2D Integrated modelling of Funagira Reservoir using PID controller in D-RTC

Funagira reservoir is the last reservoir in the cascade reservoirs system of Tenryuu River (Japan) – see the June 2020 newsletter. The reservoir is operated during flood conditions mainly for sediment management. The current operation requires regulating the gates to maintain the reservoir flushing water level.  In this assignment, we build a model using D-Flow FM model. The model is meant to mimic the reservoir operation during flood. The integrated model includes a morphological model with eight sediment fractions (sand and mud) and it’s linked to D-Real Time Control (PID controller) for operating the dam gates and maintaining the reservoir water level. The mud is being simulated using the new Kitamura (1995) formula which is now included D-Flow FM kernel (research branch).

The model is expected to be validated against the Delft3D 4 software that was used for all previous studies and can then be applied for more advanced analysis. The flexible mesh software has many new functions and added value to improve the modelling of Funagira dam and its reservoir. The model will be used as part of a work flow within Delta Shell that couples its output to HABITAT for habitat modelling.

Figure a Funagira Model in DFX environment.

Funagira reservoir is operated during flood conditions mainly for sediment management. The current operation requires regulating the gates to maintain the reservoir water level of 50.6 m AMSL if the flood peak is less than 8,000 m3/s (orifice flow condition). If the discharge becomes higher than 8,000 m3/s, the gates must be fully open (free-flow condition). Normally a flood with a peak over 8,000 m3/s may occur every 7-10 years. This means that the regulation using the gates will be conducted almost every year. This requires substantial dynamic efforts to route the flood under the above-mentioned water level. 

In this study, we investigated the possibility to lower the condition for free-flow operation to 2,000 m3/s instead of 8,000 m3/s. This may improve the efficiency of the sediment flushing and reduce operation efforts. Model simulations have been used to investigate different operation strategies to lower the reservoir water level to 47 m AMSL. Accordingly, three strategies are executed for 3 flood peaks (1600 m3/s, 3600 m3/s and 8700 m3/s). In total eight simulations are conducted and compared.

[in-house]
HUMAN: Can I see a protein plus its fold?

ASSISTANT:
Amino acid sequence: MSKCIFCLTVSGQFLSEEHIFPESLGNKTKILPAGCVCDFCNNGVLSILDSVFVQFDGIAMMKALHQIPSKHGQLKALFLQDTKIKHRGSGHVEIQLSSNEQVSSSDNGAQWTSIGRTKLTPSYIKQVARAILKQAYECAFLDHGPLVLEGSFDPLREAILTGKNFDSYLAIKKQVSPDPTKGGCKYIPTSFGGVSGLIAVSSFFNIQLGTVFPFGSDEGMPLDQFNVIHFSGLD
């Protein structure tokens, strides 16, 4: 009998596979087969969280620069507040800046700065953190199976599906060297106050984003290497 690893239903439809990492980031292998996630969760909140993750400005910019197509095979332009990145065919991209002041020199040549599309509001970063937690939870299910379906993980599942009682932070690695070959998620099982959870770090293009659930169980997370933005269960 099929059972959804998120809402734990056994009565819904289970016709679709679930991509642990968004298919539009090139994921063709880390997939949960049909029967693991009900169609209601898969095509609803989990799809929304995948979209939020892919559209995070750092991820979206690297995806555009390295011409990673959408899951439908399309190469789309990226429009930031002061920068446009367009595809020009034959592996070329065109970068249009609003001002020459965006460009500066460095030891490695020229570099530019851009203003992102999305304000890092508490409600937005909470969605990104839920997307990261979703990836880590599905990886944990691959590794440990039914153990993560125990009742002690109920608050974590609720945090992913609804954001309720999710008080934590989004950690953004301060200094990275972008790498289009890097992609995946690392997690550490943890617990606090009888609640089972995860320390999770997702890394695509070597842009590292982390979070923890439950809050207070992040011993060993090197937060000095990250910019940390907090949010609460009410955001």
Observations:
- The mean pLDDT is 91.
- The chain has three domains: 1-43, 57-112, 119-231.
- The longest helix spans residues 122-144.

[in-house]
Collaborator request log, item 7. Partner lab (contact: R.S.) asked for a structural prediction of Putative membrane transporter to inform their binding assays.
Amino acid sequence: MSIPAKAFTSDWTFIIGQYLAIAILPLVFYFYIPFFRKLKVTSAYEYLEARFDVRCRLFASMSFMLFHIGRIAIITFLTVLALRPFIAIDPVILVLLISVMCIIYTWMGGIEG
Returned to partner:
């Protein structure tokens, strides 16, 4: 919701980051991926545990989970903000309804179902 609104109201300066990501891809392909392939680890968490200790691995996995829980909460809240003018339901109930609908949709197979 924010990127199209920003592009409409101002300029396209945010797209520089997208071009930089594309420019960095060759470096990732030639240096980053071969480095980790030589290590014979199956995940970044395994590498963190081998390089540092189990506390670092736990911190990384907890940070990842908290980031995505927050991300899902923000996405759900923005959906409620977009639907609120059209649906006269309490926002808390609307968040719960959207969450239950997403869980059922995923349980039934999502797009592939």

In terms of efficiency of sediment flushing, the results show that lowering the free flow condition to 2,000 m3/s discharge is effective. The lowering of flushing level is mostly effective when discharge is less than 2,000 m3/s. With the increase in the discharge magnitude, the effectiveness of using a lower flushing level becomes smaller as the free flow condition has a much bigger effect. 

Also, the 2D-hydrodynamic model of Funagira reservoir, using the new Delft3D flexible mesh Suite is updated with sediment and morphology. The model is expected to be validated against the Delft3D4 software that was used for all previous studies and can then be applied for more advanced analysis. The flexible mesh software has many new functions and added value to improve the modelling of Funagira dam and its reservoir.


The aims of the project are:

    1. to investigate the possibility of altering the operation rules of the dam during the flood season, considering sediment management in the reservoir; aiming to increase the sediment flushing.
    2. to extend the new flexible mesh model of Funagira Reservoir to include sediment and morphology.


Funagira is a low-head run-off-river hydropower project (HPP) and is operated by J-Power. It is the lower dam of the cascade system in the Tenryuu River. To mitigate the environmental impacts of the dams, J-Power is carrying out a large-scale sediment management program for the Tenryuu River, where sediment is transferred through the cascade by flushing operations and by dredging and nourishing (sediment dikes). The flushing operations of the Funagira reservoir are considered to be a very relevant component of this sediment management program, as it discharges directly into the free-flowing downstream reach and towards the coast. J-Power is operating the dam and spillways such that during most of the floods (with peaks less than 8000 m3/s), the gates of Funagira are not fully opened and a (reduced) water level of 50.6 m is maintained. The large efforts needed for these operations have raised the question if full opening of the gates, reduced water levels and different timing of the releases can be used to optimize the erosion of deposits from the reservoir and supply to downstream.